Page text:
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November 17, 2009 / theoldsilly

Professor Old Silly’s Tutorial Tuesday – Self Editing Part Two

Professor Old SillyWelcome back to Bloggyversity, English Comp Class 10001.3b, “Writing With Power in Fiction.” Again, we have much to cover in very little time – studies show that most blog-hoppers have an attention span of about five minutes per post, max, so I would ask you to turn off your ipods, cell phones, black and/or raspberries, stop with the twittering, adjust your monitors and undies, and pay close attention. None of your usual nonsense, class, I’ll not have it.

Okay. Picking up where we left off last week, today’s lesson is in two short parts, and will conclude this short series on the all important skill for authors to have, that being self-editing. I’d like to begin this session with …

Quirky Loon! I saw that – throw one more spitball and I’ll have you sent to the Principal’s office!

Ahem – where was I? Oh yes … 

Today’s Lesson, Part One:

1. Get rid of weak, qualifying words and phrases.

You’ve already searched and destroyed those dreaded words ending in “ly,” but other words can weaken your prose. They don’t appear as adverbs or adjectives, but they function the same. Seek out and eliminate these words:

Almost, less, seldom, even, always, maybe, soon, more, perhaps, then, very, many, far, never, today, well, sometimes, just, perhaps

Next, search for and rewrite or eliminate worn-out “turning phrases” like these:

Of course, nevertheless, for example, in fact, however, seemingly, in spite of, besides which

These short lists contain the most overused and abused. Others exist, but this is a good start.

2. Eliminate all clichés.

Clichés are boring, plagiarized bits of wisdom expressed in a set formula. You are a writer. Show us your creativity, amaze us! When you write your first draft and a cliché seems to fit and no better phrase comes to mind, go ahead and key it in. But when you go back to self-edit, use clichés as opportunities to shine. Rewrite with originality and in keeping with your style and your story. Where you might have written the cliché, “My whole world was turned upside down,” you might rewrite, and for this example let’s say you are writing a sci-fi, “My entire universe got sucked into a black hole.”

And now, for part two of our little lesson today, I have three words for you.

Cut the fat.

Typically, a well done self-edit should reduce your manuscript’s total word count by at least 10 percent. Cut the fat and get to the meat of the story. Here’s an example:

Mary decided that enough was enough and that John had abused her just one too many times. She decided then and there that she must stand up for herself. She quickly snatched the rolling pin that she had on the counter and slammed him very hard, right squarely in the forehead with it.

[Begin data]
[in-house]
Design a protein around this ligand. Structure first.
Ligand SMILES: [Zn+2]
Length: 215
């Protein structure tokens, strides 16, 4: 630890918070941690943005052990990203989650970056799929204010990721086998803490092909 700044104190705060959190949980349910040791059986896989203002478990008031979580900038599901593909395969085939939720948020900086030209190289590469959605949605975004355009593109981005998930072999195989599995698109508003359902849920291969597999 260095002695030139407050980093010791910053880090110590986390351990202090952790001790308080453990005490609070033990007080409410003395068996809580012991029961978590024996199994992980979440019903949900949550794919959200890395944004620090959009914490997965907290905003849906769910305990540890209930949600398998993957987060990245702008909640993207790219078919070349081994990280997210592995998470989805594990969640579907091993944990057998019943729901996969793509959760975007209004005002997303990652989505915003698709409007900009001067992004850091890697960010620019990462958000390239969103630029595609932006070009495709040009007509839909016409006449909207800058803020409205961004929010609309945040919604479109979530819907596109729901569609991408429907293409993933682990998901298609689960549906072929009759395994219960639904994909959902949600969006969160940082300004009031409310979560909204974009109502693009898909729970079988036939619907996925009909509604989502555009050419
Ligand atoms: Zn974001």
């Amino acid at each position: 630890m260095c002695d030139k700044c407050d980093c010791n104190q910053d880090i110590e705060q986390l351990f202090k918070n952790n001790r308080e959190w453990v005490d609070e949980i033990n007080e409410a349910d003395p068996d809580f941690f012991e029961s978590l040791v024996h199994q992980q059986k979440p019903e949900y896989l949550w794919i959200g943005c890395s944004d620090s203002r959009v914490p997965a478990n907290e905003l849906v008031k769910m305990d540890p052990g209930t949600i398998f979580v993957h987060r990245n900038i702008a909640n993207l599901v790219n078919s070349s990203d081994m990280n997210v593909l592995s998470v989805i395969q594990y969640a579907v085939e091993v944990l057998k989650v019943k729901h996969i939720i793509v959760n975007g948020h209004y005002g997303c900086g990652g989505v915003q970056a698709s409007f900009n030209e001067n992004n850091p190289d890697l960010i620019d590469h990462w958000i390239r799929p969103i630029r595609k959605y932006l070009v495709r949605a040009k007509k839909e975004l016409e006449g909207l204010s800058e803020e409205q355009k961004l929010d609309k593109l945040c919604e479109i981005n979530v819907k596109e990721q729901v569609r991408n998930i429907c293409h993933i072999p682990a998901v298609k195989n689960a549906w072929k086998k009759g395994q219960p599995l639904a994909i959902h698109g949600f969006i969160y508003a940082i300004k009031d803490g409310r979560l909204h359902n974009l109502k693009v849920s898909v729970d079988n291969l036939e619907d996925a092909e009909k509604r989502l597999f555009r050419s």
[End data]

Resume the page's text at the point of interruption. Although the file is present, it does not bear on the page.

The above example is loaded with unnecessary words that slow the action. Look at all the needless uses of “that;” and several other words can be cut without losing any story. Look at this rewrite:

Mary decided, enough. John had abused her too many times. She must stand up for herself. She snatched the rolling pin on the counter and slammed him in the forehead.

See how much more direct impact that has? Here’s one more:

John staggered backward, all the way back into the wall, holding the wound that Mary had just delivered, his hands on his forehead, coated with the blood that was spilling down quickly.

Lots of excess here. You’re probably smiling at my blatancy. Here’s how I would rewrite this overly plump passage:

John grabbed his forehead and staggered back into the wall with blood spilling down his hands.

One more final recommendation and then we’ll be done for the day. You should have a trusted “Designated Honest Reader” (DHR). Have someone read your manuscript who is well-read and who knows good literature from bad. Someone who loves you and cares enough about your writing career to tell you straight-up what they like and/or do not like about your story, even if some of the feedback hurts. Preferably this person is close enough that you can be in the same house and observe them when they read your book. When the DHR puts it down and goes to fix a cup of coffee or do something else, walk over to the manuscript and see – which scene was so easy to put down?

In closing I’m adding to your recommended reading the following books: On Writing, by Stephen King, and my all-time favorite “how-to” handbook for self-editing, The Frugal Editor, by Carolyn Howard Johnson.